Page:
Republican presidential hopeful Mitt Romney on Thursday rejected the Bush administration’s vision of a decades-long U.S. troop presence in Iraq akin to South Korea and suggested a need for public benchmarks to gauge progress.
"Our objective would not be a Korea-type setting with 25-50,000 troops on a near permanent basis remaining in bases in Iraq," the former Massachusetts governor told the Associated Press.
"I think we would hope to turn Iraq security over to their own military and their own security forces, and if presence in the region is important for us than we have other options that are nearby," Romney said.
As I indicated earlier in the week, this is a political strategy with an eye on the general.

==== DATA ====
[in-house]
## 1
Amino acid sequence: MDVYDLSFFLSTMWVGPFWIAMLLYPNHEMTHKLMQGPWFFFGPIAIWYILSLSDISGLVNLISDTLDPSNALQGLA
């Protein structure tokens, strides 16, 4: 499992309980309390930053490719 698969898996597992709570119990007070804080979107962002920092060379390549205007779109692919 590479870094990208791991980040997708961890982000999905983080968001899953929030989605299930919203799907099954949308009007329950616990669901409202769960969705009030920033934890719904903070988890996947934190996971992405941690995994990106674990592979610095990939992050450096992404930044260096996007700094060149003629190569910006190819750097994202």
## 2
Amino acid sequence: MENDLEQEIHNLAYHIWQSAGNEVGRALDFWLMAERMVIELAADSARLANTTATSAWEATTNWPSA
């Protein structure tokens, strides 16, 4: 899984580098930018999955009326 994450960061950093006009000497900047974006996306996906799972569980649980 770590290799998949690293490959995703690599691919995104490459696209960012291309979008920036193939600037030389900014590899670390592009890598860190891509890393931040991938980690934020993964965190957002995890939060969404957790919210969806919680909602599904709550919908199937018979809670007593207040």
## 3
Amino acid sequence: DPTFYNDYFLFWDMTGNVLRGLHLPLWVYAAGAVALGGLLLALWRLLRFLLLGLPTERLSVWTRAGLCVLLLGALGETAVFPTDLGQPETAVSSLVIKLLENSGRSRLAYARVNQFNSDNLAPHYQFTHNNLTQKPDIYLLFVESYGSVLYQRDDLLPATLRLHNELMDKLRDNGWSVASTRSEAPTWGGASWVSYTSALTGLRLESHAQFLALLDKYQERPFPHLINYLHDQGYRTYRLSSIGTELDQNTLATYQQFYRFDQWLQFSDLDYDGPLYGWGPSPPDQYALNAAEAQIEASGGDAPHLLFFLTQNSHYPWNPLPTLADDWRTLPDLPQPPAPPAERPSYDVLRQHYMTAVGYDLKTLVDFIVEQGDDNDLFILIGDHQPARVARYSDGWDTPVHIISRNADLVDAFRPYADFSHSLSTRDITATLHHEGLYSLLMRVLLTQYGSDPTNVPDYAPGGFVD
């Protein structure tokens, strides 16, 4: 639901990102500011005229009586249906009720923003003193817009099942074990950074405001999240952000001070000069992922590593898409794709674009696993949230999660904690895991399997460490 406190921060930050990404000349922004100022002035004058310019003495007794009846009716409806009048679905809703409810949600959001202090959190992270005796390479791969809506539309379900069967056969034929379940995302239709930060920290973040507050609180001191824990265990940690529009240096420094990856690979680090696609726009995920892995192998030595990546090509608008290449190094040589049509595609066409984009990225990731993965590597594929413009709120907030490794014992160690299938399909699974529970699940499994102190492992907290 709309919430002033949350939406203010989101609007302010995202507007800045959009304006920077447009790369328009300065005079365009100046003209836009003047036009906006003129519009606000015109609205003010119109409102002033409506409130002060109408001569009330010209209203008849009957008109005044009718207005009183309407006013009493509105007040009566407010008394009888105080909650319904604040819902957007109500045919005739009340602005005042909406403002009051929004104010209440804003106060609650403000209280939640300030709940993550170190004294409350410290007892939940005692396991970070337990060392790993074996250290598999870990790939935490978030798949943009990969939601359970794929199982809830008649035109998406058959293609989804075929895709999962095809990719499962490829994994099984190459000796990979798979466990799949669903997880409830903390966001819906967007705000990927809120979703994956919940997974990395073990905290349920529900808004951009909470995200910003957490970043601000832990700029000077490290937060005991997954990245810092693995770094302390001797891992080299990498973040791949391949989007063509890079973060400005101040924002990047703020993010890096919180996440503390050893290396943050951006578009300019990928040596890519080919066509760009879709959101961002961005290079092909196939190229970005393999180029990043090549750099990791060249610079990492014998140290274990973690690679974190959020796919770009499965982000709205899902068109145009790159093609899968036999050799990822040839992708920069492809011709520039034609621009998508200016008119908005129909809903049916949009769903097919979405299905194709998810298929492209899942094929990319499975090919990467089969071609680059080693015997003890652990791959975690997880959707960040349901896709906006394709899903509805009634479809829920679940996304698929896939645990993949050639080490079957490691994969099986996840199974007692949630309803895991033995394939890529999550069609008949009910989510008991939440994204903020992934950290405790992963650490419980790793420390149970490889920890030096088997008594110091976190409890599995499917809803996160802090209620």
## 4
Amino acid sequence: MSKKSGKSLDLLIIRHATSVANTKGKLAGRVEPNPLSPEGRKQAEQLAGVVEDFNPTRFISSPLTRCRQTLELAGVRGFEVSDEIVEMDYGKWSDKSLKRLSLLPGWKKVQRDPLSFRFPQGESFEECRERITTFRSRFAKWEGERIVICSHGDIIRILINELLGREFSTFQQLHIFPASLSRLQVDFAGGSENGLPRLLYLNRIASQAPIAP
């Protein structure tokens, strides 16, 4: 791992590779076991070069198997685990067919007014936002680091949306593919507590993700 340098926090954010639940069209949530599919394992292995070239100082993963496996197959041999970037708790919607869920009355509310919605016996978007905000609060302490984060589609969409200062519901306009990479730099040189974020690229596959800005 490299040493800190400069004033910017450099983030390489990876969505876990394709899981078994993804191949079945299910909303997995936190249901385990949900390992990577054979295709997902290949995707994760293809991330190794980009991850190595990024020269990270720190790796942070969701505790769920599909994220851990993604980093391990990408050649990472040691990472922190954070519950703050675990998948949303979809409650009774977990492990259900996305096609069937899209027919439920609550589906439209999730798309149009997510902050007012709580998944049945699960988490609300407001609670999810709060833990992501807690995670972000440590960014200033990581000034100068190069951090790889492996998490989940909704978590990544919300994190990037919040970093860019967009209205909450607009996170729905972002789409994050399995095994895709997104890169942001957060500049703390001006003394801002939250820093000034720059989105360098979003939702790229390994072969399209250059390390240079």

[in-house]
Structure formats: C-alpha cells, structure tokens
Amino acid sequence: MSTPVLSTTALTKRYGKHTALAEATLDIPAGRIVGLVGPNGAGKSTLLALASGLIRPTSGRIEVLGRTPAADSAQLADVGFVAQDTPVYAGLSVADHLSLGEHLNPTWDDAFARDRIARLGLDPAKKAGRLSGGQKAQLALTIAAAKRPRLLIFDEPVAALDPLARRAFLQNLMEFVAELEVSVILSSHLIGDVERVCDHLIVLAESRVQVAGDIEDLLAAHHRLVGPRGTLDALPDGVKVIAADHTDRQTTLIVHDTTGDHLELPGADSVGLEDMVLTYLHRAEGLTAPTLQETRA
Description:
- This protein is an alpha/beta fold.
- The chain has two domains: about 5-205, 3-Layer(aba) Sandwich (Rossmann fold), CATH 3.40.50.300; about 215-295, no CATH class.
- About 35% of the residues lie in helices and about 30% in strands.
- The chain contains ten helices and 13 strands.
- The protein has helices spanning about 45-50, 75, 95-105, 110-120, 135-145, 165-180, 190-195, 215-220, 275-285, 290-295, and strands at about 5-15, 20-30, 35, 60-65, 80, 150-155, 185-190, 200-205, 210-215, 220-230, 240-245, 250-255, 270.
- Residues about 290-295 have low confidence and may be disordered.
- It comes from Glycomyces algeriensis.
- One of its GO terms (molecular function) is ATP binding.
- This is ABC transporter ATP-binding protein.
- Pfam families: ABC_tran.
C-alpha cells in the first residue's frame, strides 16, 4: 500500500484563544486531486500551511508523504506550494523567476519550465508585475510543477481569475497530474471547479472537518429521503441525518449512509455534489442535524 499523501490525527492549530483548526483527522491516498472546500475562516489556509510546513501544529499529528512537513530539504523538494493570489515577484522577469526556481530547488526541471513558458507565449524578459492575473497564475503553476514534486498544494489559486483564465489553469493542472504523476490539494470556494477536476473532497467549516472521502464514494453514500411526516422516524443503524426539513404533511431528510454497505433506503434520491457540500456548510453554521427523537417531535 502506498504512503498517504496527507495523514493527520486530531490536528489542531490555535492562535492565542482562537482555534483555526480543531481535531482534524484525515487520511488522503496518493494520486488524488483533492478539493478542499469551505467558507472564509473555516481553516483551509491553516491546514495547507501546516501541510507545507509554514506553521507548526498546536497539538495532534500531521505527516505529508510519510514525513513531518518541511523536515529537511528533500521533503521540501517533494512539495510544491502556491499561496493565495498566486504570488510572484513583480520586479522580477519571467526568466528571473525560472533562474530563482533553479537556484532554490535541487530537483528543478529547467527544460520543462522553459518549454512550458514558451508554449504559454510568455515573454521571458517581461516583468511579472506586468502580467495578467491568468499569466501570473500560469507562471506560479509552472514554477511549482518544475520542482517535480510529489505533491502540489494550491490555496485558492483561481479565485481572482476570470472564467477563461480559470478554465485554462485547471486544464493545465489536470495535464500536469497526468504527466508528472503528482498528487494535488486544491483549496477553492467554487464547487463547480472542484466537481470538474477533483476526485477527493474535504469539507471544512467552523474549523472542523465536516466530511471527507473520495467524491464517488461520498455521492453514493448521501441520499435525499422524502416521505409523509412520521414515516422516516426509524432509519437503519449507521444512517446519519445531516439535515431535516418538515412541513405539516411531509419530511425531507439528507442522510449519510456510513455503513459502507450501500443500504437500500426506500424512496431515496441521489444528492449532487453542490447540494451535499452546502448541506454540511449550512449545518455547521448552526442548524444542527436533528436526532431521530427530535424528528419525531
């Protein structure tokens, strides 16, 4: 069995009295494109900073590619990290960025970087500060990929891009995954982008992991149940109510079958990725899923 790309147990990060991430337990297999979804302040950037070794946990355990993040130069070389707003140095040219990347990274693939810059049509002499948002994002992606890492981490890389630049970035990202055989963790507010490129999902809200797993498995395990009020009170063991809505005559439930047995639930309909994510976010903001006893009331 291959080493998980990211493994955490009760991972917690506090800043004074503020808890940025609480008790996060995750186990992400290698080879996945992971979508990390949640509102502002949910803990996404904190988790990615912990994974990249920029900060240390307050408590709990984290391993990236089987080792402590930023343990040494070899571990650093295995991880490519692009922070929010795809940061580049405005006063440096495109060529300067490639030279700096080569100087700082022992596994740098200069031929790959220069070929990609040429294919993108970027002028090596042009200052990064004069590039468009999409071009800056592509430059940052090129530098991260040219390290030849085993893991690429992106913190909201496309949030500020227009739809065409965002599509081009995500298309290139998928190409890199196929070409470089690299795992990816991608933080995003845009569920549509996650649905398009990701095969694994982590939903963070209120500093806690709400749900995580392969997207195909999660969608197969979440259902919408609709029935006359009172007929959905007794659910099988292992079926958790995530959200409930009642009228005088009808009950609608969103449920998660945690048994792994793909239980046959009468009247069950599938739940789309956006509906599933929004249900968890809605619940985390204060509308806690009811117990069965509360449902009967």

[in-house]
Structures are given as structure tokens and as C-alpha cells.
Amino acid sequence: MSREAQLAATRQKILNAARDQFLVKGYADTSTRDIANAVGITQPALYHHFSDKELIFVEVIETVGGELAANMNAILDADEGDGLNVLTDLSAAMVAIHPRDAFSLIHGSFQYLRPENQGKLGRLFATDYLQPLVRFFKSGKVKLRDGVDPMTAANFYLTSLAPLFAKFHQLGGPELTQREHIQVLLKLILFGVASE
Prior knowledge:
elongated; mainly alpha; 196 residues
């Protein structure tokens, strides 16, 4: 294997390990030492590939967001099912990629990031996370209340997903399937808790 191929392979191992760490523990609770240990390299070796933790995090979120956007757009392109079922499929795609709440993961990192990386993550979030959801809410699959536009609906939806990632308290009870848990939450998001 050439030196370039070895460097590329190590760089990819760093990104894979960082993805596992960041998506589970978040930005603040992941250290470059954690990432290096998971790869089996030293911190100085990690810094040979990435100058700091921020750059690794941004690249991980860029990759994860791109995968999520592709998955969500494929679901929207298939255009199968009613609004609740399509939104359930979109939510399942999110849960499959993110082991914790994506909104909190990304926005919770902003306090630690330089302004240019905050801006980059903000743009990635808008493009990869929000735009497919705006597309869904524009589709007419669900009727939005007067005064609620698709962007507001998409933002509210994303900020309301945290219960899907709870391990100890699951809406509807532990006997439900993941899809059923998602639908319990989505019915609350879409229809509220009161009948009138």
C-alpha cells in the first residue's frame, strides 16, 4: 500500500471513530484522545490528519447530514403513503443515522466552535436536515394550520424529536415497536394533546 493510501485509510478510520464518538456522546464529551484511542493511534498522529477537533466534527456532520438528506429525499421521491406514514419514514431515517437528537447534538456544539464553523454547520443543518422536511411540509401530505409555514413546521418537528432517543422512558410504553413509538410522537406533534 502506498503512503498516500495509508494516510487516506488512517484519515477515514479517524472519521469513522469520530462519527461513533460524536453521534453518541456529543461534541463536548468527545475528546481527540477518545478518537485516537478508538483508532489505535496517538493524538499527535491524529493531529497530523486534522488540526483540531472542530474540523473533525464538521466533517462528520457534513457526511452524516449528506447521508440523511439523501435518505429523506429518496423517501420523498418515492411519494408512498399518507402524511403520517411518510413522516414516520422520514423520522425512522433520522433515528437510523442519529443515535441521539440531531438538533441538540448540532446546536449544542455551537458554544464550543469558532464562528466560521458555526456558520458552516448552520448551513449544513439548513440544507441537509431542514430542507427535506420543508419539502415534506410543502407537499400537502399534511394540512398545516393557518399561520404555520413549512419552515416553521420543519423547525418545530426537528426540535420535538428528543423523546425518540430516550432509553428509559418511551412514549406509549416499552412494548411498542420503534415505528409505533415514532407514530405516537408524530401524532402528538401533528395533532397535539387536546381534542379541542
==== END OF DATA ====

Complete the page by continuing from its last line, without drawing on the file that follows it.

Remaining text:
It also appears that some part of the "secret timetable" reemerged in this:
In a wide-ranging, hourlong interview with AP reporters and editors, Romney said the Bush administration would be wise to publicly disclose some goals for success in Iraq to restore public confidence. Benchmarks that would tip off adversaries, however, should remain private.
On a deeper level, it is unclear where this puts Romney on the spectrum. Legislative staffers for Clinton and Obama admit that "the dirty little secret" is that even the most aggressive withdrawal plans result in about 100k troops to do training, force protection, etc. It looks like Romney could be running to the left of Clinton and Obama on Iraq if he is not careful. Or, perhaps, if he is careful.